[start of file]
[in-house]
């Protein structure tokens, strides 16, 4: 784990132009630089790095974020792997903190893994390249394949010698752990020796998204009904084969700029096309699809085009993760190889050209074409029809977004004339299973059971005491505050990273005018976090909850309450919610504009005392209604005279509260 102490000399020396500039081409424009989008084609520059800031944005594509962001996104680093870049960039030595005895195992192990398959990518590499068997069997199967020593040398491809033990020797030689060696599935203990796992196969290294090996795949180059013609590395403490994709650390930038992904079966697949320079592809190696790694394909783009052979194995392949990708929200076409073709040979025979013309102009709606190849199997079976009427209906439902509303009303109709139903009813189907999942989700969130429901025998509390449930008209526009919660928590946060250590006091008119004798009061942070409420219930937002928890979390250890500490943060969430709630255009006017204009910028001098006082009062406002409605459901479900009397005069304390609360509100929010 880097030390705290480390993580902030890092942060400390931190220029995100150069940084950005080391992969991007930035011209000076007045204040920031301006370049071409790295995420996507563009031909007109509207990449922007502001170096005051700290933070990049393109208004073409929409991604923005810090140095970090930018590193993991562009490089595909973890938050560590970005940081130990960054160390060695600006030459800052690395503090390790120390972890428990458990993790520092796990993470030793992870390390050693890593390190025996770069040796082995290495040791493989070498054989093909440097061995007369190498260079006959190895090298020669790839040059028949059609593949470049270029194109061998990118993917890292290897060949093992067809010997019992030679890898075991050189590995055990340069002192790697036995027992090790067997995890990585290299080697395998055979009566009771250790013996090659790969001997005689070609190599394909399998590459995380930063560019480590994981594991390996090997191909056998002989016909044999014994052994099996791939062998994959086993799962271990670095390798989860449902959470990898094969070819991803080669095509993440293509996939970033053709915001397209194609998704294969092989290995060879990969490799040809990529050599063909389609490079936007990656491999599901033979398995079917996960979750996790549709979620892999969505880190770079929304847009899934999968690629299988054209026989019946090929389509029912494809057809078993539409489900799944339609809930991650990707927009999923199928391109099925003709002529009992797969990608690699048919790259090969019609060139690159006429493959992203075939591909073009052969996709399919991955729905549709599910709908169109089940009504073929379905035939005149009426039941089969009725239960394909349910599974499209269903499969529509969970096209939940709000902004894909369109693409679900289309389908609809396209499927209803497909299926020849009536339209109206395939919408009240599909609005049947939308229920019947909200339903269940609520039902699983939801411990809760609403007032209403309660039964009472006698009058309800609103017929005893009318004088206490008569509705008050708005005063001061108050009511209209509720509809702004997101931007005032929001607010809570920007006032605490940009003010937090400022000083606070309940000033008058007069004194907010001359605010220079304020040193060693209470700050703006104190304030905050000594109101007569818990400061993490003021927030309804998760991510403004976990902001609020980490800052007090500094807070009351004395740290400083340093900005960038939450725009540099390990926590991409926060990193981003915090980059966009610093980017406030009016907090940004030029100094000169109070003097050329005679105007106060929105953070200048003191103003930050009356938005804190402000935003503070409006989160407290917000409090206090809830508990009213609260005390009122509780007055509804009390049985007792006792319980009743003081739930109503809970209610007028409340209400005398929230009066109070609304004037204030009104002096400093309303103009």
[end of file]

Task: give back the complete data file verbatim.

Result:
[in-house]
């Protein structure tokens, strides 16, 4: 784990132009630089790095974020792997903190893994390249394949010698752990020796998204009904084969700029096309699809085009993760190889050209074409029809977004004339299973059971005491505050990273005018976090909850309450919610504009005392209604005279509260 102490000399020396500039081409424009989008084609520059800031944005594509962001996104680093870049960039030595005895195992192990398959990518590499068997069997199967020593040398491809033990020797030689060696599935203990796992196969290294090996795949180059013609590395403490994709650390930038992904079966697949320079592809190696790694394909783009052979194995392949990708929200076409073709040979025979013309102009709606190849199997079976009427209906439902509303009303109709139903009813189907999942989700969130429901025998509390449930008209526009919660928590946060250590006091008119004798009061942070409420219930937002928890979390250890500490943060969430709630255009006017204009910028001098006082009062406002409605459901479900009397005069304390609360509100929010 880097030390705290480390993580902030890092942060400390931190220029995100150069940084950005080391992969991007930035011209000076007045204040920031301006370049071409790295995420996507563009031909007109509207990449922007502001170096005051700290933070990049393109208004073409929409991604923005810090140095970090930018590193993991562009490089595909973890938050560590970005940081130990960054160390060695600006030459800052690395503090390790120390972890428990458990993790520092796990993470030793992870390390050693890593390190025996770069040796082995290495040791493989070498054989093909440097061995007369190498260079006959190895090298020669790839040059028949059609593949470049270029194109061998990118993917890292290897060949093992067809010997019992030679890898075991050189590995055990340069002192790697036995027992090790067997995890990585290299080697395998055979009566009771250790013996090659790969001997005689070609190599394909399998590459995380930063560019480590994981594991390996090997191909056998002989016909044999014994052994099996791939062998994959086993799962271990670095390798989860449902959470990898094969070819991803080669095509993440293509996939970033053709915001397209194609998704294969092989290995060879990969490799040809990529050599063909389609490079936007990656491999599901033979398995079917996960979750996790549709979620892999969505880190770079929304847009899934999968690629299988054209026989019946090929389509029912494809057809078993539409489900799944339609809930991650990707927009999923199928391109099925003709002529009992797969990608690699048919790259090969019609060139690159006429493959992203075939591909073009052969996709399919991955729905549709599910709908169109089940009504073929379905035939005149009426039941089969009725239960394909349910599974499209269903499969529509969970096209939940709000902004894909369109693409679900289309389908609809396209499927209803497909299926020849009536339209109206395939919408009240599909609005049947939308229920019947909200339903269940609520039902699983939801411990809760609403007032209403309660039964009472006698009058309800609103017929005893009318004088206490008569509705008050708005005063001061108050009511209209509720509809702004997101931007005032929001607010809570920007006032605490940009003010937090400022000083606070309940000033008058007069004194907010001359605010220079304020040193060693209470700050703006104190304030905050000594109101007569818990400061993490003021927030309804998760991510403004976990902001609020980490800052007090500094807070009351004395740290400083340093900005960038939450725009540099390990926590991409926060990193981003915090980059966009610093980017406030009016907090940004030029100094000169109070003097050329005679105007106060929105953070200048003191103003930050009356938005804190402000935003503070409006989160407290917000409090206090809830508990009213609260005390009122509780007055509804009390049985007792006792319980009743003081739930109503809970209610007028409340209400005398929230009066109070609304004037204030009104002096400093309303103009």